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Knox, Gloria
Knox transcript, 1 of 1
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UH - Houston History Project. Knox, Gloria - Knox transcript, 1 of 1. November 6, 2002. Special Collections, University of Houston Libraries. University of Houston Digital Library. Web. September 20, 2014. http://digital.lib.uh.edu/collection/houhistory/item/26/show/25.

Disclaimer: This is a general citation for reference purposes. Please consult the most recent edition of your style manual for the proper formatting of the type of source you are citing. If the date given in the citation does not match the date on the digital item, use the more accurate date below the digital item.

UH - Houston History Project. (November 6, 2002). Knox, Gloria - Knox transcript, 1 of 1. Oral Histories from the Houston History Project. Special Collections, University of Houston Libraries. Retrieved from http://digital.lib.uh.edu/collection/houhistory/item/26/show/25

Disclaimer: This is a general citation for reference purposes. Please consult the most recent edition of your style manual for the proper formatting of the type of source you are citing. If the date given in the citation does not match the date on the digital item, use the more accurate date below the digital item.

UH - Houston History Project, Knox, Gloria - Knox transcript, 1 of 1, November 6, 2002, Oral Histories from the Houston History Project, Special Collections, University of Houston Libraries, accessed September 20, 2014, http://digital.lib.uh.edu/collection/houhistory/item/26/show/25.

Disclaimer: This is a general citation for reference purposes. Please consult the most recent edition of your style manual for the proper formatting of the type of source you are citing. If the date given in the citation does not match the date on the digital item, use the more accurate date below the digital item.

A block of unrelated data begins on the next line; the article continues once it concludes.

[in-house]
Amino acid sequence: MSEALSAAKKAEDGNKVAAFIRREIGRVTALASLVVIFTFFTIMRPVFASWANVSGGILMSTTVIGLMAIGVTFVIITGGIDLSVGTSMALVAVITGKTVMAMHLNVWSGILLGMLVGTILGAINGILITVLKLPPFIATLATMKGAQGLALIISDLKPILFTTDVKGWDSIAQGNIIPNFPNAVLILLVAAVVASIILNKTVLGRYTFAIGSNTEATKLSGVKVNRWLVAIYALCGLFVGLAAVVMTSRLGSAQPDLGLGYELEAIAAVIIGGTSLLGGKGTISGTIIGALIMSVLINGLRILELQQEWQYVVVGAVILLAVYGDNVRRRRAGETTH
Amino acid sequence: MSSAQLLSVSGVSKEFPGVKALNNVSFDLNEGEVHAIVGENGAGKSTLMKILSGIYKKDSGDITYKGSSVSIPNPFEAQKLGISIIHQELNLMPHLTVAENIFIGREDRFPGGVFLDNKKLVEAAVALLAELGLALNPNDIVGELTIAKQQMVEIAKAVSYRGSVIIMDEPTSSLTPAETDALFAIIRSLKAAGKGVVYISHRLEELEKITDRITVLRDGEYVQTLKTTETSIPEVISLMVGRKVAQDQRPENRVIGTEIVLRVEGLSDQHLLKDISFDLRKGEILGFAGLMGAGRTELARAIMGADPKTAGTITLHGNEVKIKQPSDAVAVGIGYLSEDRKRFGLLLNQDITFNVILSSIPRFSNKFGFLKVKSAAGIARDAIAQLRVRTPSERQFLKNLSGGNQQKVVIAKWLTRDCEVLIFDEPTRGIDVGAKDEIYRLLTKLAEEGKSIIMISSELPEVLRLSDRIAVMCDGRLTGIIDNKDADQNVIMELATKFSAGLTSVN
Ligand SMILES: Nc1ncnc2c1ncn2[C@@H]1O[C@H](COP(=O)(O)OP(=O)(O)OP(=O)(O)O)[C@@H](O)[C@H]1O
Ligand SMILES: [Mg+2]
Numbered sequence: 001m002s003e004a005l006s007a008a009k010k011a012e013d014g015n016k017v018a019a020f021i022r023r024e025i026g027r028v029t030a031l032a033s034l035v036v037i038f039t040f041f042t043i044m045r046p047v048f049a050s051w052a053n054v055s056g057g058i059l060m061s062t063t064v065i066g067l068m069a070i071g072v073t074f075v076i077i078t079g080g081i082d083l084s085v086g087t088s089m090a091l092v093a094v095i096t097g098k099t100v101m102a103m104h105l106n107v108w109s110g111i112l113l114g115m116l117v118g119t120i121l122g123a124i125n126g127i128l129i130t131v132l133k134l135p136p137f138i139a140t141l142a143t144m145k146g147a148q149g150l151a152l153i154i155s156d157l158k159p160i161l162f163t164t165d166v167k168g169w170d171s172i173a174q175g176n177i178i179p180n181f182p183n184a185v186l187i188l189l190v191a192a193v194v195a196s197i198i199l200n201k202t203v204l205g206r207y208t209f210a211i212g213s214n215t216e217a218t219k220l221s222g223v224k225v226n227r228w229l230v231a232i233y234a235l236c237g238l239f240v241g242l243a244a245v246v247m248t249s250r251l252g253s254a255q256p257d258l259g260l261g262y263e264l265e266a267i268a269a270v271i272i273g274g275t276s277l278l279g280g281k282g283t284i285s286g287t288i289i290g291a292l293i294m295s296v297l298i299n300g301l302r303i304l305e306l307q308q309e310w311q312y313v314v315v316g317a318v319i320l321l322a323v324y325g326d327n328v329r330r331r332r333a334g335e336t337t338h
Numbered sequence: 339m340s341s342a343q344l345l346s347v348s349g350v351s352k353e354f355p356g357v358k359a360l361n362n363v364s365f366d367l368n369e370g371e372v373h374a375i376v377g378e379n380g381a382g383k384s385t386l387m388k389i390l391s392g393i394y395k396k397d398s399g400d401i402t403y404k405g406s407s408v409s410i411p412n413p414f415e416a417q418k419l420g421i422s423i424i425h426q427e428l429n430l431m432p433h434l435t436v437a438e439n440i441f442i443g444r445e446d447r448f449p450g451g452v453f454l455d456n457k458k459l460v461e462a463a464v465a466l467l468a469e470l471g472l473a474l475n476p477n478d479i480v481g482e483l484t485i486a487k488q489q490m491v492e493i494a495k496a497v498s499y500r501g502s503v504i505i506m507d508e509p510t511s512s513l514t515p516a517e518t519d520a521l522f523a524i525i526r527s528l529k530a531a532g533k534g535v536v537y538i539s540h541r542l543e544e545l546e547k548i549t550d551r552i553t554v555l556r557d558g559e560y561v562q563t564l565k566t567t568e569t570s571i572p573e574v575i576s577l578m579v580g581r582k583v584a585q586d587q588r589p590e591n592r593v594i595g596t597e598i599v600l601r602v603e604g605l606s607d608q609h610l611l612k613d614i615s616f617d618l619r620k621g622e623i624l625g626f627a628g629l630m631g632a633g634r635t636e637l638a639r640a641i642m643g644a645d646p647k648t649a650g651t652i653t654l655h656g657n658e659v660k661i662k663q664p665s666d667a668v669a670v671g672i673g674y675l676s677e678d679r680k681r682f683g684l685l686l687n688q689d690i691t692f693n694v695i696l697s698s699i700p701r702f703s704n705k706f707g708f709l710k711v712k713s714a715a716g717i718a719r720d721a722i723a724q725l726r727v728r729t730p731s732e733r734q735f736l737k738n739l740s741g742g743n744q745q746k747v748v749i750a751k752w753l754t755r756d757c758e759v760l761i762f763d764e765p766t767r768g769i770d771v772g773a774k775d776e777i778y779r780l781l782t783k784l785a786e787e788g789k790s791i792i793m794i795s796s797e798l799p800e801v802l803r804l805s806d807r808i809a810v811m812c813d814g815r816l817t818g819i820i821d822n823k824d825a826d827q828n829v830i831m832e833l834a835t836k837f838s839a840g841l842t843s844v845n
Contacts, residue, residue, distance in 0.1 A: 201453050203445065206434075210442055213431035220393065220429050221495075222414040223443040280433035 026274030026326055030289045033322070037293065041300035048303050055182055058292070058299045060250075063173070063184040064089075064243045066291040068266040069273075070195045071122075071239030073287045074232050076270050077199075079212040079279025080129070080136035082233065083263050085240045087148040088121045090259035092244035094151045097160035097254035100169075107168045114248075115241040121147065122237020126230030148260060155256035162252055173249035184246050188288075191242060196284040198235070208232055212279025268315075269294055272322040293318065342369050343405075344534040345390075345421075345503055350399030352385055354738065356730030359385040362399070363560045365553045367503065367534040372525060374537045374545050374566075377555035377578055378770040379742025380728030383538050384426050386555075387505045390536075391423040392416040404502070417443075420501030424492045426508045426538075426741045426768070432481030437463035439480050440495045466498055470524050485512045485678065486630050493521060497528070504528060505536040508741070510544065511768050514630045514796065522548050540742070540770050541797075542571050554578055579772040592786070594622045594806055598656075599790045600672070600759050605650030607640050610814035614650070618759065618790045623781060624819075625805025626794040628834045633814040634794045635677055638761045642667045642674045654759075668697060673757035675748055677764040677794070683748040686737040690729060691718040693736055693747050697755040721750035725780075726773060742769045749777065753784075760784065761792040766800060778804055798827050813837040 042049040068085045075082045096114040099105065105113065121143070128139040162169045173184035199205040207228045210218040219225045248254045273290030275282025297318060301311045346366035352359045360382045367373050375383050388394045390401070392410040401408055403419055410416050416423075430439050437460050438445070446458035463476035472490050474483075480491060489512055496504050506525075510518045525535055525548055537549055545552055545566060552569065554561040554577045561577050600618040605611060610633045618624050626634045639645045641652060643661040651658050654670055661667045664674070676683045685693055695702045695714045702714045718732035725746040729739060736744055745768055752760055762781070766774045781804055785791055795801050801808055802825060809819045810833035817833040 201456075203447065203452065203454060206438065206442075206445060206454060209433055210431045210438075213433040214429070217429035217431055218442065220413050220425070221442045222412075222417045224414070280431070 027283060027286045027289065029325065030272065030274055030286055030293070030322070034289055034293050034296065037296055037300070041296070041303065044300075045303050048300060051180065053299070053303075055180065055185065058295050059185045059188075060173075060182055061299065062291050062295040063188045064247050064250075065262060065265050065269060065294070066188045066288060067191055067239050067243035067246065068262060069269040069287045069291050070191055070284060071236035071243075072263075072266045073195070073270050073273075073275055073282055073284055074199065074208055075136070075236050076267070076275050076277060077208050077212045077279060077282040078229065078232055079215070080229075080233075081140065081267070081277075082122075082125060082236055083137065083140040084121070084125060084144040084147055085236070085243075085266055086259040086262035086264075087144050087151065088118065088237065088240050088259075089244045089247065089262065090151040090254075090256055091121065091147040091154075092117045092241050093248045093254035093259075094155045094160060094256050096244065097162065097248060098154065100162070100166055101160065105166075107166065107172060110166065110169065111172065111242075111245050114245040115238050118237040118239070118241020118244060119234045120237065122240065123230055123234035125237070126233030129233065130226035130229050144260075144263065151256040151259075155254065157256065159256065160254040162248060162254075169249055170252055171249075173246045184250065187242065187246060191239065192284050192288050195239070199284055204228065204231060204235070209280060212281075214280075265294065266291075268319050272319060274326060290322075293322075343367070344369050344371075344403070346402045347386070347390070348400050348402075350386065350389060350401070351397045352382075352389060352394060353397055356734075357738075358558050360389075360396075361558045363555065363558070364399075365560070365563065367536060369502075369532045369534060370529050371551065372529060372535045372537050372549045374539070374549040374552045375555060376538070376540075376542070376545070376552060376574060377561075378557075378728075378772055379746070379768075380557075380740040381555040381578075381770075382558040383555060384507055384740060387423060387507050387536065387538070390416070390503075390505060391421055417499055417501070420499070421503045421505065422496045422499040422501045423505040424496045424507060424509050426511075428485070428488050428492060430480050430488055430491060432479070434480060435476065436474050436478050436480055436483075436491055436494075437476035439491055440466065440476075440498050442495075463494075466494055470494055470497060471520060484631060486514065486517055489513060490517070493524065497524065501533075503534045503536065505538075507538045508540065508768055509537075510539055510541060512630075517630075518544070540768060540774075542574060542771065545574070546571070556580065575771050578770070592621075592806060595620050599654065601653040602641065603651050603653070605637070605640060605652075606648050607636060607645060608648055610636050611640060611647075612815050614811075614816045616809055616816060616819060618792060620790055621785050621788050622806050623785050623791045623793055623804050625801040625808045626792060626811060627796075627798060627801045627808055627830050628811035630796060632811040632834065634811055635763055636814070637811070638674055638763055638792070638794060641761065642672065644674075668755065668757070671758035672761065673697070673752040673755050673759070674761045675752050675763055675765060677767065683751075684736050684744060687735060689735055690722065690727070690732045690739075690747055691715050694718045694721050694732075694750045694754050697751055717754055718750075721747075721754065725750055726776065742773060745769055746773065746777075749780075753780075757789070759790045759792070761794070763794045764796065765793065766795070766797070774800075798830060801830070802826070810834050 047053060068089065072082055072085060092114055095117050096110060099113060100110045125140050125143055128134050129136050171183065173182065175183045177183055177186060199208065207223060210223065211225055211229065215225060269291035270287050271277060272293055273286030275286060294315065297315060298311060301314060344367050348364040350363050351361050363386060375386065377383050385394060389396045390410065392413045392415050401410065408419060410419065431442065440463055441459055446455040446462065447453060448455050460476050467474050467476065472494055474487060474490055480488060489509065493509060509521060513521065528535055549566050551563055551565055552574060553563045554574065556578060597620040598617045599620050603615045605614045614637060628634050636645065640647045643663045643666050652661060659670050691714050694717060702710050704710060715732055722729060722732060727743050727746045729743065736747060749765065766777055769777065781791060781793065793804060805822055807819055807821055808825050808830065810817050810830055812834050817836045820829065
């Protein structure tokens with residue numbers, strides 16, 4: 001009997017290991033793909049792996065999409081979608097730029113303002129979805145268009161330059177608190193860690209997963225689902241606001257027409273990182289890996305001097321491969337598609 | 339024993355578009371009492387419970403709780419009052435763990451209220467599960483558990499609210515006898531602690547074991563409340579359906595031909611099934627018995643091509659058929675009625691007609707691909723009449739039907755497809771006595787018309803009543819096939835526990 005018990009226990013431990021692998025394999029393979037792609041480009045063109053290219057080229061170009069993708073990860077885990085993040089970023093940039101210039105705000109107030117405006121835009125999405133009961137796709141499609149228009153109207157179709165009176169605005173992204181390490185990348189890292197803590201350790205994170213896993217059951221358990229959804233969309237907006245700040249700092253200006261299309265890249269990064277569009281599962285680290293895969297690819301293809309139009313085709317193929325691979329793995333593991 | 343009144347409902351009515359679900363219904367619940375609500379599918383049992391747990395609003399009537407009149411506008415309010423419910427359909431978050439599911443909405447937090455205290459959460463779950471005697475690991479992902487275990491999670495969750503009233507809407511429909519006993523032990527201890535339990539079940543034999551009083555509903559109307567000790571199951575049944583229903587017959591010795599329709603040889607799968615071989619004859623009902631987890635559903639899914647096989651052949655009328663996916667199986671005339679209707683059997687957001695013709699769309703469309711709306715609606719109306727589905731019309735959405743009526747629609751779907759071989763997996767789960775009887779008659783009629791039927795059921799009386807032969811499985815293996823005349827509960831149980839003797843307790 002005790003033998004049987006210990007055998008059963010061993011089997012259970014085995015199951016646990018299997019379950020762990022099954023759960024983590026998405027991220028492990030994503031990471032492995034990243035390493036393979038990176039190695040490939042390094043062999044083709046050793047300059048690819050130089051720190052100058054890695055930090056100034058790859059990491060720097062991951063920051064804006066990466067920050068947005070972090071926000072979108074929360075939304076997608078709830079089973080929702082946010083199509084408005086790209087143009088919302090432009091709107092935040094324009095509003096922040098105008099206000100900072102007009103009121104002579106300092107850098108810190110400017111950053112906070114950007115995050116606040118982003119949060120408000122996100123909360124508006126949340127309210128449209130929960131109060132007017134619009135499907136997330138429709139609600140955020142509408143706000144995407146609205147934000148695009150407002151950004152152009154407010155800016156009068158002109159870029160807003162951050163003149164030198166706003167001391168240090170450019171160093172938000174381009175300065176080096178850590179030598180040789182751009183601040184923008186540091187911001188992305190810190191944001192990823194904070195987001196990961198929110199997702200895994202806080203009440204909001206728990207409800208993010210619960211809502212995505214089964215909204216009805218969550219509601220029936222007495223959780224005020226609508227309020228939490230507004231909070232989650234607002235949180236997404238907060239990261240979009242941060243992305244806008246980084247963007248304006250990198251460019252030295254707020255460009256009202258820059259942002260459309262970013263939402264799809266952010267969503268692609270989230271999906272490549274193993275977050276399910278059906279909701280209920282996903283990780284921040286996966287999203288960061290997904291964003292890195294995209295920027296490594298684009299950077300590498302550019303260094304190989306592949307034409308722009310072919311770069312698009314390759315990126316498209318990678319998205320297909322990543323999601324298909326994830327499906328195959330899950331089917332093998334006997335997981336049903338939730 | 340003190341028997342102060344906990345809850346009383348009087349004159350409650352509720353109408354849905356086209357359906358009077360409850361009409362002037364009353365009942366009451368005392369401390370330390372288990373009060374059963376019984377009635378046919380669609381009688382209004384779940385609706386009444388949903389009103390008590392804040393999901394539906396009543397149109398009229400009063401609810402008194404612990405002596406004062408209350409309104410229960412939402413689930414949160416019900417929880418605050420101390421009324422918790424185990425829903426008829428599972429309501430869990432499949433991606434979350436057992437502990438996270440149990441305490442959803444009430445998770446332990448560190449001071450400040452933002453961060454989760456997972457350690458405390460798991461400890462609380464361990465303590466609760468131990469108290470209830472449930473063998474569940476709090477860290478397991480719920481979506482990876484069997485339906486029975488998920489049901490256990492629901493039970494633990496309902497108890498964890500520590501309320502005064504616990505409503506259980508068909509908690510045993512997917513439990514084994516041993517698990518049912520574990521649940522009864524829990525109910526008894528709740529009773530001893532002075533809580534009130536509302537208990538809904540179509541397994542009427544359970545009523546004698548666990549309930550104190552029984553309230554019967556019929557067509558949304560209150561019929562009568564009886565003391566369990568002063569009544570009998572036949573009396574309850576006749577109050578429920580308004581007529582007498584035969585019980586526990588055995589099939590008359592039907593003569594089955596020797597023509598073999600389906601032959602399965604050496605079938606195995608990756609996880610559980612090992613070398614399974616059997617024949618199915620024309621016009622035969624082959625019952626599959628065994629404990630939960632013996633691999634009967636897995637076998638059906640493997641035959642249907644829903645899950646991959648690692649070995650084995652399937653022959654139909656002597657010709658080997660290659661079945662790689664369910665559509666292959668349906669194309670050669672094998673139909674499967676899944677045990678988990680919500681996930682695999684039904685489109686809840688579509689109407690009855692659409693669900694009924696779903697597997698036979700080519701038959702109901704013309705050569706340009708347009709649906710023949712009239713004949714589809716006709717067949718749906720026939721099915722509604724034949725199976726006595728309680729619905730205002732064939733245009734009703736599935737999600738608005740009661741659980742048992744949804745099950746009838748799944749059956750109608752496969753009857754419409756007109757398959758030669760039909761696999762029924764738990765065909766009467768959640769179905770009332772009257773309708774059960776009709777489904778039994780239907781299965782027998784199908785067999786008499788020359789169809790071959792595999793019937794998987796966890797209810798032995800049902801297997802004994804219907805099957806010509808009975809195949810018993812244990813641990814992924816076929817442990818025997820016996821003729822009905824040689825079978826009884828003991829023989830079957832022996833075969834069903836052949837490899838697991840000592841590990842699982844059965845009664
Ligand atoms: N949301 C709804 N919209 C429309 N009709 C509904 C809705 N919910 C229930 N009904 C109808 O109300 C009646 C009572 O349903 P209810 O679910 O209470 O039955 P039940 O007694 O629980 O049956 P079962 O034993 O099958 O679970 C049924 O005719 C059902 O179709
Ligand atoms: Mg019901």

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Title Knox, Gloria
Creator (LCNAF)
  • UH - Houston History Project
Interviewer (LCNAF)
  • Wiltz, Steven
Date November 6, 2002
Description In 1906, Gloria Knox was born in north Louisiana (Coushatta) to a family of teachers; her father sold Singer sewing machines and her mother was a teacher. When she graduated from Shreveport High School at the age of 16 she went to business school. After which she was hired as the first women for The Texas Company. She met and married her husband in the company; her husband was their wildcat drilling superintendent. While her husband was moved around, she worked in the office for a variety of companies, including MacMillan, Federal Petroleum Company; all the time she studied gas cards, which led her into doing land title work. They settled in Lafayette when her son was nine years old in 1935. Around that time she was the landman for American Republics. She was one of the committee members who urged Mister Heymann to build the Oil Center. During her interview she discusses the development and impact of the Oil Center, the way that the Heymanns and the oil industry have made Lafayette what it is today, and female landmen.
Subject.Topical (LCSH)
  • Energy development
Subject.Name (LCNAF)
  • Knox, Gloria, 1906-
Subject.Geographic (TGN)
  • Lafayette, Louisiana
Genre (AAT)
  • interviews
Language English
Format (IMT)